From the remote Galápagos Islands to the humid depths of the Amazon forest, governments are cutting back on plastic, citizens are cleaning beaches, and innovators are seeking alternative products as part of a region-wide movement to turn the tide on plastic pollution.
Awareness of the need to act is growing in a region that is particularly vulnerable to marine litter—the Caribbean is the second most polluted sea in the world—and to other environmental threats caused by our changing climate, such as increasingly powerful storms.
In October, Belize and Guatemala became the latest countries in the region to join UN Environment’s Clean Seas campaign to drastically reduce the consumption of single-use plastics and eradicate the use of microbeads. Already signed up are Argentina, Barbados, Brazil, Chile, Colombia, Costa Rica, Dominican Republic, Ecuador, Granada, Guyana, Honduras, Panama, Peru, Saint Lucia and Uruguay.
Guatemala is using artisanal bio-fences—made from recovered plastic debris—to collect plastic waste from rivers, allowing communities to collect it, dispose of it, or recycle it. Honduras, the Dominican Republic and Panama have also adopted the bio-fences.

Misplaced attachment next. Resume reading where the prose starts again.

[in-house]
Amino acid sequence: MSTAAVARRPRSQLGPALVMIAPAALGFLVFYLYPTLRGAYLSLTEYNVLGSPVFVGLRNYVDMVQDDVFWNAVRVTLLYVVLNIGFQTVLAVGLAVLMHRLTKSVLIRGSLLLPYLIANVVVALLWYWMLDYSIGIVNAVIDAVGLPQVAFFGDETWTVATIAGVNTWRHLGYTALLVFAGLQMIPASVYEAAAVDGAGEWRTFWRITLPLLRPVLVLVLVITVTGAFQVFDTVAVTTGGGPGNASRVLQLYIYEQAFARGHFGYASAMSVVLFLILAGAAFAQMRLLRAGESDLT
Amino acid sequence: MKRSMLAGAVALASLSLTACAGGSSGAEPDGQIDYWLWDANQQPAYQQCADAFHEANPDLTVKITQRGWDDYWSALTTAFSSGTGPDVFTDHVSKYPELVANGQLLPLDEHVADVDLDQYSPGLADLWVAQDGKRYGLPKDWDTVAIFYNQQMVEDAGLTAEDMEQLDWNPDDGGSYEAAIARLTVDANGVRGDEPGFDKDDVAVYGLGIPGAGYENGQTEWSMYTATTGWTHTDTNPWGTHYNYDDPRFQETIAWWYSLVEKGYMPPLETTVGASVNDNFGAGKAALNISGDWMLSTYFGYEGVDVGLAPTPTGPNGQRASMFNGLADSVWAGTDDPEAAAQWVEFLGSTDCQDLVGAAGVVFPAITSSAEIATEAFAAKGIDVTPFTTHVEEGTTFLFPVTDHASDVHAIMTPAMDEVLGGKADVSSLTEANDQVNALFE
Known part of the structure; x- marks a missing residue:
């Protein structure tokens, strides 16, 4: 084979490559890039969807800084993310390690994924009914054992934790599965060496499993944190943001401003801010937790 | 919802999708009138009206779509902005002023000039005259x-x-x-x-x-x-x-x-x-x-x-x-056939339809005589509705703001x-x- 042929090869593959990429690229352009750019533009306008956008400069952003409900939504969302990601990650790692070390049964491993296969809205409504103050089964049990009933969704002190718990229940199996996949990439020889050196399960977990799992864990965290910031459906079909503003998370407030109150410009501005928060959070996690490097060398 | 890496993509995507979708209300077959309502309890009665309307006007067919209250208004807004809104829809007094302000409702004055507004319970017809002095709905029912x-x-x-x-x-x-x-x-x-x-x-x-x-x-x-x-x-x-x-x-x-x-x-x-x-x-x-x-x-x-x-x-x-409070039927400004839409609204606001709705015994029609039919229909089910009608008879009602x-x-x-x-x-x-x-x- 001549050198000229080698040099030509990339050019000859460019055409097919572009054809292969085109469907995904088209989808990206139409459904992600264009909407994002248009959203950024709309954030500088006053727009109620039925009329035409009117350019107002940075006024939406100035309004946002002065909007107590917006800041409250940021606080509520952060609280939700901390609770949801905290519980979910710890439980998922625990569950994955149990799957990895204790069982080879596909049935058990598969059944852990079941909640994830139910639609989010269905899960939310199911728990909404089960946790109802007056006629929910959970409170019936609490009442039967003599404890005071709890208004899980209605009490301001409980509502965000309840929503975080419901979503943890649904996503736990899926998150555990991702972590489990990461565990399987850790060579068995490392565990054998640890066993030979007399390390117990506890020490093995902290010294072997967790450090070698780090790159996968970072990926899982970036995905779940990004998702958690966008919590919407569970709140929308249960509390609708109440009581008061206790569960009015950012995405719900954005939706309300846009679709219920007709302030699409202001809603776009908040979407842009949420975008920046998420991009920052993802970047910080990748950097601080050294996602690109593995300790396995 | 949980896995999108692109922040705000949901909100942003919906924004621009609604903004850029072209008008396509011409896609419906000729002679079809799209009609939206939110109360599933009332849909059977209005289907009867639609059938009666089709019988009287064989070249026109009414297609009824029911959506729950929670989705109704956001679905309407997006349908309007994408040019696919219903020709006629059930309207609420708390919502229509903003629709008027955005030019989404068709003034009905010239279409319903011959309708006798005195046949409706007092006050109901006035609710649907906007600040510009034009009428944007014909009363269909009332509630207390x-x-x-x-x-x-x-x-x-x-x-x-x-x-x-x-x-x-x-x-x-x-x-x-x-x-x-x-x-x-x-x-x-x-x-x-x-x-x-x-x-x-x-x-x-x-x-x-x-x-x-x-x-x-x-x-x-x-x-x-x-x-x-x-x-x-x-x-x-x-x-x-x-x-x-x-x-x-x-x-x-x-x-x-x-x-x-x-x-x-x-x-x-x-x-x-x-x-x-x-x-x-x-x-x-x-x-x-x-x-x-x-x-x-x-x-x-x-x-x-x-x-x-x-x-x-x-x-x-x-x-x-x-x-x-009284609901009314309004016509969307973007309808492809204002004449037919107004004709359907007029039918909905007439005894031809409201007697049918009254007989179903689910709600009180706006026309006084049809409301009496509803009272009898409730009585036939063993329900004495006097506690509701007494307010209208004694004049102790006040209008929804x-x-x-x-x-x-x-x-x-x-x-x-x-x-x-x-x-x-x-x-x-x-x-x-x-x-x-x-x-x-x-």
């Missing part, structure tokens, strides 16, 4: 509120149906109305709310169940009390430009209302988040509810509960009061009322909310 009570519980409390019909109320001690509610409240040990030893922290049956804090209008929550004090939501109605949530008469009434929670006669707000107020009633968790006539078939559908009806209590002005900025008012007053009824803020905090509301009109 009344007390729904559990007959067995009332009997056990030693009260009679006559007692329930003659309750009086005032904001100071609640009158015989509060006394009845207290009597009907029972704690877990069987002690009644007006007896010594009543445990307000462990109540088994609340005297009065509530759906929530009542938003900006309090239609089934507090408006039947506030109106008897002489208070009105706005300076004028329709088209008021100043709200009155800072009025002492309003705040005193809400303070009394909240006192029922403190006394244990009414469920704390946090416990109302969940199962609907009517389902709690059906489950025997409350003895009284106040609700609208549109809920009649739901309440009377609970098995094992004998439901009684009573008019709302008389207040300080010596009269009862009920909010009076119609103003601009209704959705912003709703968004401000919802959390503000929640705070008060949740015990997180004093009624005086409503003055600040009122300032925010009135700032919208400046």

“We are very proud to join the Clean Seas campaign and showcase the efforts of communities around the country who are following the Guatemalan Way to tackle plastic pollution. The bio-fences are a creative, low-cost technology made in-house and that is what makes them so popular,” says Alfonso Alonzo, Minister of Environment and Natural Resources of Guatemala.
Belize, renowned for the second largest barrier reef in the world, has pledged to ban single-use plastic items, such as cutlery, bags and straws, as well as styrofoam by April 2019.